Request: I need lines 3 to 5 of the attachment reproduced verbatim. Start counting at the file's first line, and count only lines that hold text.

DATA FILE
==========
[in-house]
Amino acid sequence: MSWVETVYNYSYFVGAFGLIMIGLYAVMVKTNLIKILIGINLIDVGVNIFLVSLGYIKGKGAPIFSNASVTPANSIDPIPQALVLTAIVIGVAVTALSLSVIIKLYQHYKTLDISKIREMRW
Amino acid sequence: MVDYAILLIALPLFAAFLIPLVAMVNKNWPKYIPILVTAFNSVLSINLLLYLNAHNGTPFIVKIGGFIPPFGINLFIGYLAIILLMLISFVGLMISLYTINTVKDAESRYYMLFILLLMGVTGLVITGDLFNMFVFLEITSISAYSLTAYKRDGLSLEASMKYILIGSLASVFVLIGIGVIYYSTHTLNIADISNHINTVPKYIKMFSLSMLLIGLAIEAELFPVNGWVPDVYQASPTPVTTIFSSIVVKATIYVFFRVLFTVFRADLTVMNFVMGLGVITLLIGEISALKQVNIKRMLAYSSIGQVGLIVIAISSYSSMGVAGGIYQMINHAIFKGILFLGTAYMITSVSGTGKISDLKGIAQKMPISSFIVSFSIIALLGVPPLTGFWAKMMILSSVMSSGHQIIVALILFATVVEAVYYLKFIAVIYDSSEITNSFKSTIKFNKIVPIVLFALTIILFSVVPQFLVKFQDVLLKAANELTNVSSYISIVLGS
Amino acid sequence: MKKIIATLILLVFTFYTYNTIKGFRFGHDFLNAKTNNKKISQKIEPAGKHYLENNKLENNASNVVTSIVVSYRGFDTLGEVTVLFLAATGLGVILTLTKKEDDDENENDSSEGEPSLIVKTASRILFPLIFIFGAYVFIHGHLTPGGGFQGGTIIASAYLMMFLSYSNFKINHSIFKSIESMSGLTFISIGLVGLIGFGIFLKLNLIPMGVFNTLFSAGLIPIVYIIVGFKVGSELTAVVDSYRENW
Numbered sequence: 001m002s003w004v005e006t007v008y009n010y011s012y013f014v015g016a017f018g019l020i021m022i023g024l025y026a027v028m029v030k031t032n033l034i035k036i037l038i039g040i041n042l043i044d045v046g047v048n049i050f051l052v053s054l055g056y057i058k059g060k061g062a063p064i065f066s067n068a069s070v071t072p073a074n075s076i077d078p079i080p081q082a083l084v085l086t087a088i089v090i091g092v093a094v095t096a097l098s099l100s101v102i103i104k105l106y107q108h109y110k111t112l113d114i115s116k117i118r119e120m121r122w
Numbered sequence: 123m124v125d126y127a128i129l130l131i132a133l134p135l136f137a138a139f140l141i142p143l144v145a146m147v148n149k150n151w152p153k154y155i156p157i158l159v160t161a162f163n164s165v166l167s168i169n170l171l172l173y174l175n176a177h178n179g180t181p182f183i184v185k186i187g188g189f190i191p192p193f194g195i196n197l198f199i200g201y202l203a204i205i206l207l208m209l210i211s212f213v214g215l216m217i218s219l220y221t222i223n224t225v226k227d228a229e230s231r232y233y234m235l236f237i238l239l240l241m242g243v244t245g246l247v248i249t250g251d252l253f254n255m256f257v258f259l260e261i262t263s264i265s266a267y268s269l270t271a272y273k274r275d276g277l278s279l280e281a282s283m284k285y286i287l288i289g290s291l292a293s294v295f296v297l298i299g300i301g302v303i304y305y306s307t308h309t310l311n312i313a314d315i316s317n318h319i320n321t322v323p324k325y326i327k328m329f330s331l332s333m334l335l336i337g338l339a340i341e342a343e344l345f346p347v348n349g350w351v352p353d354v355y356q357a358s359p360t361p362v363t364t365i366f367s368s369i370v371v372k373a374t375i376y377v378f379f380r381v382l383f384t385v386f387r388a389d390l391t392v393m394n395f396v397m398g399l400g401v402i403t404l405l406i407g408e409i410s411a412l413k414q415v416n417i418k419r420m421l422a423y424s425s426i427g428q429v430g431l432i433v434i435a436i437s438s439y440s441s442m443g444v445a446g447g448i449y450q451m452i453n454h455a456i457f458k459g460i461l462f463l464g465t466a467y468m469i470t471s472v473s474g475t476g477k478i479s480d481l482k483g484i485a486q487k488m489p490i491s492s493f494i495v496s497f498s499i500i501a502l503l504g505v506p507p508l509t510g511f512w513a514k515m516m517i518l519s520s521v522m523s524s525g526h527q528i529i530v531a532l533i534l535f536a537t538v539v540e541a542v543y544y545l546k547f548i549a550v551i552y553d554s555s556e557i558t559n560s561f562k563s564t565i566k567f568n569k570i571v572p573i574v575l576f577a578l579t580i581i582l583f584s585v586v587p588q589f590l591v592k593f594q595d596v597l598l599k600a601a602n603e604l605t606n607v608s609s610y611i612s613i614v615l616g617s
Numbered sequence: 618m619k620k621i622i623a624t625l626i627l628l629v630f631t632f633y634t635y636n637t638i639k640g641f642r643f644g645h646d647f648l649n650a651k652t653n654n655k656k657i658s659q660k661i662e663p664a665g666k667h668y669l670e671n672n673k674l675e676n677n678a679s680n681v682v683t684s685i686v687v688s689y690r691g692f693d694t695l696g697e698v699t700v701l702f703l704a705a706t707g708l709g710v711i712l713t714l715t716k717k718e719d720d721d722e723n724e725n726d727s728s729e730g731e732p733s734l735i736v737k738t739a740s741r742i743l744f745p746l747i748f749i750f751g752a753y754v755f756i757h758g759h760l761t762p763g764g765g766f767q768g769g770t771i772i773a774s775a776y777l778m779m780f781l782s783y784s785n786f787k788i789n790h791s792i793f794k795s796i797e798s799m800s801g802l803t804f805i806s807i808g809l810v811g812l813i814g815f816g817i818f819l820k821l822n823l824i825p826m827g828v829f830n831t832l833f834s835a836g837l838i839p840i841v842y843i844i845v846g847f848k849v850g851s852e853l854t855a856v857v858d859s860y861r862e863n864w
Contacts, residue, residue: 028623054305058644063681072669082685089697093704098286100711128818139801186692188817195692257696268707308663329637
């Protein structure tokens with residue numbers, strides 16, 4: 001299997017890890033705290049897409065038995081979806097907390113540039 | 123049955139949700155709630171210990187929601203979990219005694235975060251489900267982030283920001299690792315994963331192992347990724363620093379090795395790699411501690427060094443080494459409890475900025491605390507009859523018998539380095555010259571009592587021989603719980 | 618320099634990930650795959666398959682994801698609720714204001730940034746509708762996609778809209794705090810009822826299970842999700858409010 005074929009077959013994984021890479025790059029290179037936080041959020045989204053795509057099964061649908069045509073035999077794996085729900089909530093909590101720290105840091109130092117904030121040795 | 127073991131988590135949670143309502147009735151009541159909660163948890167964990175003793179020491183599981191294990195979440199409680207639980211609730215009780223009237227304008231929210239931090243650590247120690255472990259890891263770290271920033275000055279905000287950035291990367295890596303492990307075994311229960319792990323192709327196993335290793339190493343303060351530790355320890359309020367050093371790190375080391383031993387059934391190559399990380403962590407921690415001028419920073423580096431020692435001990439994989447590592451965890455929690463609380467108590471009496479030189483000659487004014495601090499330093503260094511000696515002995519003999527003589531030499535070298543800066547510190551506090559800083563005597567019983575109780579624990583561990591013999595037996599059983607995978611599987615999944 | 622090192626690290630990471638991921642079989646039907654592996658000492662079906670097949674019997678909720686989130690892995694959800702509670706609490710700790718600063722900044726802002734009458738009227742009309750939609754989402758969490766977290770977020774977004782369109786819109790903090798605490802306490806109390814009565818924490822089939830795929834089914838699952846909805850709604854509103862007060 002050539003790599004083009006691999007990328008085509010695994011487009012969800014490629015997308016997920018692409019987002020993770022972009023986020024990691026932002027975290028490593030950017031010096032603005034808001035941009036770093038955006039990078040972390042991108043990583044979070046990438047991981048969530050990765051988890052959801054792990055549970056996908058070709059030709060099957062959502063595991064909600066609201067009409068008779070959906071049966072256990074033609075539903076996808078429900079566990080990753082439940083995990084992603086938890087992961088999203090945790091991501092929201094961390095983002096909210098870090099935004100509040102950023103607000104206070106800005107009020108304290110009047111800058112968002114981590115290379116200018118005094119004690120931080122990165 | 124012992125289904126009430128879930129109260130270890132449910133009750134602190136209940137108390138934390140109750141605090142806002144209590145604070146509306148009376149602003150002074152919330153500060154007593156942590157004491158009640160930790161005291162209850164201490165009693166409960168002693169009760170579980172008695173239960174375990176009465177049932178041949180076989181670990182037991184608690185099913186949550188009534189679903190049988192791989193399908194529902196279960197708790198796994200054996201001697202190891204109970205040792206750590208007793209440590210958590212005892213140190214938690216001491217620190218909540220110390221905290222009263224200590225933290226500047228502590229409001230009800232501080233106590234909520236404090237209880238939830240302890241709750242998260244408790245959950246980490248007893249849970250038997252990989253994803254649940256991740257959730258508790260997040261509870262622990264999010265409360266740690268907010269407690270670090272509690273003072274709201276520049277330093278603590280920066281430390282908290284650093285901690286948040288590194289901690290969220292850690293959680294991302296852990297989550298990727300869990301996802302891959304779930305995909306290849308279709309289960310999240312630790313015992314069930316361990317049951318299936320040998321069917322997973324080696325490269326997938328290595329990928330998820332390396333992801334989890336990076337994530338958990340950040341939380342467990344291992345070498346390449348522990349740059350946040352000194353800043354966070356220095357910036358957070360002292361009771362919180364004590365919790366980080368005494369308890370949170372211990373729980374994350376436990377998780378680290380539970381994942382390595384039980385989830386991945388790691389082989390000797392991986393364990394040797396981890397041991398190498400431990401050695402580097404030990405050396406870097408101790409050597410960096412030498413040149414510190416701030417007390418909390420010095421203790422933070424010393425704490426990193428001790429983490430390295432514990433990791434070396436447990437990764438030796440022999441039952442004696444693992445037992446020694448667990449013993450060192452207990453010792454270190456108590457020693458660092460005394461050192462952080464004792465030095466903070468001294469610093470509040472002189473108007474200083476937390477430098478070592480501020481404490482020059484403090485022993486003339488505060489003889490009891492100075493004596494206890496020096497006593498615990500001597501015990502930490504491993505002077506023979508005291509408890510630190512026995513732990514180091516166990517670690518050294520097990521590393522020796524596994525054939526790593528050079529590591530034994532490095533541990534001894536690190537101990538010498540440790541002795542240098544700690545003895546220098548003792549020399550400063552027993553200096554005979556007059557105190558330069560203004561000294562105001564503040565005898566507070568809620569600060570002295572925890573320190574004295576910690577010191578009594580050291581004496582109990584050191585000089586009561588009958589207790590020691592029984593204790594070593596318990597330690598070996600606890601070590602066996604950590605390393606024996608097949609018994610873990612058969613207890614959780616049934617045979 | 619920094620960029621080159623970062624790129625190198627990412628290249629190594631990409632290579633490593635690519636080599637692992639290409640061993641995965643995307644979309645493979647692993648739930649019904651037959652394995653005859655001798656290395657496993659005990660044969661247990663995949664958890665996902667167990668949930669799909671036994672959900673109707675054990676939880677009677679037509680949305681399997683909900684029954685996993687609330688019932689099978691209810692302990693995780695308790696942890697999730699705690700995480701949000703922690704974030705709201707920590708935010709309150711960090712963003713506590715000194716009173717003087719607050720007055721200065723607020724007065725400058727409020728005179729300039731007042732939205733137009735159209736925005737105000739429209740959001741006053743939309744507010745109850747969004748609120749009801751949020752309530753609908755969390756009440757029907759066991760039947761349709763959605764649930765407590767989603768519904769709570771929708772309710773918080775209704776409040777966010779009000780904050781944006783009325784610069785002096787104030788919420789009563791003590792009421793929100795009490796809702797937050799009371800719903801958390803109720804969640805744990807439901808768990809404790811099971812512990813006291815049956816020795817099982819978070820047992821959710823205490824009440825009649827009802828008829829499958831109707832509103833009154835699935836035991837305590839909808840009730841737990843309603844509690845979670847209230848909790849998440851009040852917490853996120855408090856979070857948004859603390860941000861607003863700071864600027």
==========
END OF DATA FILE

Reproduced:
Amino acid sequence: MVDYAILLIALPLFAAFLIPLVAMVNKNWPKYIPILVTAFNSVLSINLLLYLNAHNGTPFIVKIGGFIPPFGINLFIGYLAIILLMLISFVGLMISLYTINTVKDAESRYYMLFILLLMGVTGLVITGDLFNMFVFLEITSISAYSLTAYKRDGLSLEASMKYILIGSLASVFVLIGIGVIYYSTHTLNIADISNHINTVPKYIKMFSLSMLLIGLAIEAELFPVNGWVPDVYQASPTPVTTIFSSIVVKATIYVFFRVLFTVFRADLTVMNFVMGLGVITLLIGEISALKQVNIKRMLAYSSIGQVGLIVIAISSYSSMGVAGGIYQMINHAIFKGILFLGTAYMITSVSGTGKISDLKGIAQKMPISSFIVSFSIIALLGVPPLTGFWAKMMILSSVMSSGHQIIVALILFATVVEAVYYLKFIAVIYDSSEITNSFKSTIKFNKIVPIVLFALTIILFSVVPQFLVKFQDVLLKAANELTNVSSYISIVLGS
Amino acid sequence: MKKIIATLILLVFTFYTYNTIKGFRFGHDFLNAKTNNKKISQKIEPAGKHYLENNKLENNASNVVTSIVVSYRGFDTLGEVTVLFLAATGLGVILTLTKKEDDDENENDSSEGEPSLIVKTASRILFPLIFIFGAYVFIHGHLTPGGGFQGGTIIASAYLMMFLSYSNFKINHSIFKSIESMSGLTFISIGLVGLIGFGIFLKLNLIPMGVFNTLFSAGLIPIVYIIVGFKVGSELTAVVDSYRENW
Numbered sequence: 001m002s003w004v005e006t007v008y009n010y011s012y013f014v015g016a017f018g019l020i021m022i023g024l025y026a027v028m029v030k031t032n033l034i035k036i037l038i039g040i041n042l043i044d045v046g047v048n049i050f051l052v053s054l055g056y057i058k059g060k061g062a063p064i065f066s067n068a069s070v071t072p073a074n075s076i077d078p079i080p081q082a083l084v085l086t087a088i089v090i091g092v093a094v095t096a097l098s099l100s101v102i103i104k105l106y107q108h109y110k111t112l113d114i115s116k117i118r119e120m121r122w